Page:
John Mayberry doesn't mind if a Walgreens pharmacy is built in his Point Breeze neighborhood. There had been a gas station on the proposed building site of South Braddock and Penn avenues for years, and he and other neighbors have had no problem with the commercial-residential mix of the block.
But when the plans by the Paradise Development Group called for leveling three 100-year-old homes to build the store at least partially on zoned residential land, the neighbors planned to oppose the zoning change needed to do so. When they found out they'd never get the chance, they really got steamed.
"We opposed their original plan and they knew that because we made our complaints to the zoning board and the planning commission," says Mayberry, author of parkplaceblog.com. "They were going to work out a compromise and came to the next public hearing with a slightly altered plan, one that didn't require a zoning variance."
The altered plan, which Mayberry says goes against the spirit and intent of the original zoning ordinance, places the building completely on commercially zoned land. But now the three house sites will be used as a driveway that contains an entrance to the store and two lanes leading to the drive-thru window, which remains on the commercial side of the property. According to the developer's plan, the driveway, with its entrances in a residential neighborhood, will also be the main conduit for delivery trucks to reach the loading dock.
Because a driveway is a permitted use for residential land, says Bob Reppe of the city's planning office, a variance is not required. Reppe also said there is precedence for Paradise's plan and everything the company is doing is legal.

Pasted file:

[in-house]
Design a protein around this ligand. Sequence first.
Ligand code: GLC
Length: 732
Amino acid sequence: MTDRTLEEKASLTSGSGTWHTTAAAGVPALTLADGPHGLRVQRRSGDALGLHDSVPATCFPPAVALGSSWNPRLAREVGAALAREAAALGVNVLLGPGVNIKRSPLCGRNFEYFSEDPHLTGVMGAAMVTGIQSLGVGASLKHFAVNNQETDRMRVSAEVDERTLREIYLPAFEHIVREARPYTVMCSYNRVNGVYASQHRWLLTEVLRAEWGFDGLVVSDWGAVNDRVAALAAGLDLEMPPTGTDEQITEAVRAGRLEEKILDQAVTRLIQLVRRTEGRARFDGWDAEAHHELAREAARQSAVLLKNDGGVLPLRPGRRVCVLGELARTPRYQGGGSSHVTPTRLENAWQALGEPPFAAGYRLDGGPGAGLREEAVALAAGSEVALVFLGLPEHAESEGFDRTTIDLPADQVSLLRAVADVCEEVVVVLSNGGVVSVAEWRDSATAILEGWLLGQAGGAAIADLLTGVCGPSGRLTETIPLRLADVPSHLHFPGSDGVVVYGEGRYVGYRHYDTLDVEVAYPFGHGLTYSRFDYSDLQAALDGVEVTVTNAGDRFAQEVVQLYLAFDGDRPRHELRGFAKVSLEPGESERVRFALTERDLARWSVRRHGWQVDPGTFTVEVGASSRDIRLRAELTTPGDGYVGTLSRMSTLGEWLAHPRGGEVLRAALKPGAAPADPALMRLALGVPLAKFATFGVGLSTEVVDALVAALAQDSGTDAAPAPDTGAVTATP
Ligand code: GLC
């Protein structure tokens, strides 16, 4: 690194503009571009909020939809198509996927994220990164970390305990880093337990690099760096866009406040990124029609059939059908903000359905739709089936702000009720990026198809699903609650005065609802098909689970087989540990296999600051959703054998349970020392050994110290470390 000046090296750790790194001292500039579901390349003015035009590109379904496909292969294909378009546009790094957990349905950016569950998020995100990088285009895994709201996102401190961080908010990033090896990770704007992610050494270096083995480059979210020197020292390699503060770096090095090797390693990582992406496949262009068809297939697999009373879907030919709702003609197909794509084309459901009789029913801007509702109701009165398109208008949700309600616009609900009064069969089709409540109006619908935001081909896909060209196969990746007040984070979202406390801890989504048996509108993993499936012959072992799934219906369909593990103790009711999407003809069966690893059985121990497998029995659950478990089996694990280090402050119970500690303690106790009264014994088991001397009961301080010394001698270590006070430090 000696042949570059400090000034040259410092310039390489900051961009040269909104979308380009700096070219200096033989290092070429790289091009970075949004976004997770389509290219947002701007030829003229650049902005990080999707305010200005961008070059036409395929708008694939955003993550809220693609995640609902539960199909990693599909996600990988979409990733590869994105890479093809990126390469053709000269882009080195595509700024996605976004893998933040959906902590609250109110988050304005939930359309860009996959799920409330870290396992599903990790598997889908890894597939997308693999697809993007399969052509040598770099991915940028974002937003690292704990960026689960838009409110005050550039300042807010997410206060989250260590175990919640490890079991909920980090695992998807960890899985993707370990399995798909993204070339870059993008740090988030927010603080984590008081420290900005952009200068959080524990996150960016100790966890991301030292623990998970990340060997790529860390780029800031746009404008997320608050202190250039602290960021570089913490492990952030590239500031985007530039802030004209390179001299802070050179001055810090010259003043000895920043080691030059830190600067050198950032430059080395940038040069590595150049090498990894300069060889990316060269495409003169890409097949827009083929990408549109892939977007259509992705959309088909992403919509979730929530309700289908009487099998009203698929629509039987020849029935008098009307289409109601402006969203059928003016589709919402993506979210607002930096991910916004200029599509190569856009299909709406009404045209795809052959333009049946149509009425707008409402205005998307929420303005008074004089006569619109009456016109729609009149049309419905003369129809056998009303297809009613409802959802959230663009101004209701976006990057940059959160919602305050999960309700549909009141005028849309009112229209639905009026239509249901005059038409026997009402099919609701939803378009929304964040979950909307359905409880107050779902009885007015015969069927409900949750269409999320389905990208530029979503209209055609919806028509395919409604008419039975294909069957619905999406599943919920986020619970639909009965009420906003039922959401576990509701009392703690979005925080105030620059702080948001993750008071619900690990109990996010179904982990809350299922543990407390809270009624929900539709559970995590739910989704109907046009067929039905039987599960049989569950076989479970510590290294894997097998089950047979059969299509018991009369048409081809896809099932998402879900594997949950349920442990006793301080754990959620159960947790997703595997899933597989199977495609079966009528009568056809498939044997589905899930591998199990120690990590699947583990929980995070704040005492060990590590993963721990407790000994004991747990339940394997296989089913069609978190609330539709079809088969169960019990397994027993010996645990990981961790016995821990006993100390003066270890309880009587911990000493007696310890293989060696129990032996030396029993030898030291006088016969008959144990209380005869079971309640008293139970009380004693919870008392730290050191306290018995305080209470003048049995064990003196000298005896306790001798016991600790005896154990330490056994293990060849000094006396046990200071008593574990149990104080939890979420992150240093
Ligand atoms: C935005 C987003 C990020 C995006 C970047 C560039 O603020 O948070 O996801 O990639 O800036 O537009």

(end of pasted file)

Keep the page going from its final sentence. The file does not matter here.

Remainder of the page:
Brandon Miles and Dale Greco of Paradise Development say the company has worked very hard to alleviate the concerns of the residents by completely containing the business on commercial land, even in the original plan, and by reducing the number of parking spaces from 44 to 34 in the new plan. The only thing that will be on the residential property is a paved driveway, a sidewalk, an eight-foot cedar fence and a "rather large" landscape buffer to shield the residential area from the commercial area, Miles says. There will not be a main store entrance on the residential lot, he points out.
Miles disputes another point of Mayberry's description, saying the store's drive-thru lanes are accessible from the paved driveway on the residential side, but the lanes themselves will be completely on the commercial property.
And the special exception, Miles says, has nothing to do with the residential property. Any developer must get a special exception for a drive-thru window on commercial property.
As long as the driveway is a permitted use that meets all requirements of the zoning code, says city planning's Reppe, the city is obligated to issue the exception. There will be a hearing on the matter, but to block the exception, according to Reppe, opponents must show the driveway is not a permitted use. Simply not desiring the driveway is not legal grounds for objection.
That, says Mayberry, is not right. Under both the new plan and the old, homes that had been a buffer between the commercial and residential areas of this block will be torn down. Their former owners had chosen to live next to a commercial district, Mayberry says. But the rest of the neighborhood is losing that buffer zone.
"If they [Paradise Development Group] are successful," says Mayberry, "this block would go from a residential block with a commercial edge, to a commercial block with a residential edge. It would start tipping the neighborhood in the direction of future commercial encroachment."